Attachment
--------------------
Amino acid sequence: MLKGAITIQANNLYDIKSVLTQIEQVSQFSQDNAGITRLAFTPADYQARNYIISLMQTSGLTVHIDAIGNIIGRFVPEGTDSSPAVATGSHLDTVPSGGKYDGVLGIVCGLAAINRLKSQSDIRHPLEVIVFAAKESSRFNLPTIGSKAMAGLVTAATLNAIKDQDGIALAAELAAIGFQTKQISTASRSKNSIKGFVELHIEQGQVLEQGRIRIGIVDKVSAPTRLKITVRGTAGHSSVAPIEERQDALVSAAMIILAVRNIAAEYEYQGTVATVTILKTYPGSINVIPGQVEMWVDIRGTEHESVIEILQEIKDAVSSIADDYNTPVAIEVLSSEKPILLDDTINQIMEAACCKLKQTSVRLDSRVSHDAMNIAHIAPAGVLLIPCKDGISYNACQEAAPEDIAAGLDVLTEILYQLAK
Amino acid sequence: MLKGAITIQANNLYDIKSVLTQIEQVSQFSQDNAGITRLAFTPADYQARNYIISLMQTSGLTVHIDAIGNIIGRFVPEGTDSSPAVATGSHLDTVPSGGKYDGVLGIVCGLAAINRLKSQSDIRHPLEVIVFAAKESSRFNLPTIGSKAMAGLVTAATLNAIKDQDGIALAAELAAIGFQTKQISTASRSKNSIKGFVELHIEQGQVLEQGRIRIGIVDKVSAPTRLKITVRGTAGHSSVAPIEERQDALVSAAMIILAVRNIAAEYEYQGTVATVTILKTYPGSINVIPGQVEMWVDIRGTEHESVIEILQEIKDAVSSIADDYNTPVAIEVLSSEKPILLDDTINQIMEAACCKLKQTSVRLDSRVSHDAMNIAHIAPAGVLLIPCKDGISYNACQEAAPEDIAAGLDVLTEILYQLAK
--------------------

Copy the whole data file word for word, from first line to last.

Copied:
Amino acid sequence: MLKGAITIQANNLYDIKSVLTQIEQVSQFSQDNAGITRLAFTPADYQARNYIISLMQTSGLTVHIDAIGNIIGRFVPEGTDSSPAVATGSHLDTVPSGGKYDGVLGIVCGLAAINRLKSQSDIRHPLEVIVFAAKESSRFNLPTIGSKAMAGLVTAATLNAIKDQDGIALAAELAAIGFQTKQISTASRSKNSIKGFVELHIEQGQVLEQGRIRIGIVDKVSAPTRLKITVRGTAGHSSVAPIEERQDALVSAAMIILAVRNIAAEYEYQGTVATVTILKTYPGSINVIPGQVEMWVDIRGTEHESVIEILQEIKDAVSSIADDYNTPVAIEVLSSEKPILLDDTINQIMEAACCKLKQTSVRLDSRVSHDAMNIAHIAPAGVLLIPCKDGISYNACQEAAPEDIAAGLDVLTEILYQLAK
Amino acid sequence: MLKGAITIQANNLYDIKSVLTQIEQVSQFSQDNAGITRLAFTPADYQARNYIISLMQTSGLTVHIDAIGNIIGRFVPEGTDSSPAVATGSHLDTVPSGGKYDGVLGIVCGLAAINRLKSQSDIRHPLEVIVFAAKESSRFNLPTIGSKAMAGLVTAATLNAIKDQDGIALAAELAAIGFQTKQISTASRSKNSIKGFVELHIEQGQVLEQGRIRIGIVDKVSAPTRLKITVRGTAGHSSVAPIEERQDALVSAAMIILAVRNIAAEYEYQGTVATVTILKTYPGSINVIPGQVEMWVDIRGTEHESVIEILQEIKDAVSSIADDYNTPVAIEVLSSEKPILLDDTINQIMEAACCKLKQTSVRLDSRVSHDAMNIAHIAPAGVLLIPCKDGISYNACQEAAPEDIAAGLDVLTEILYQLAK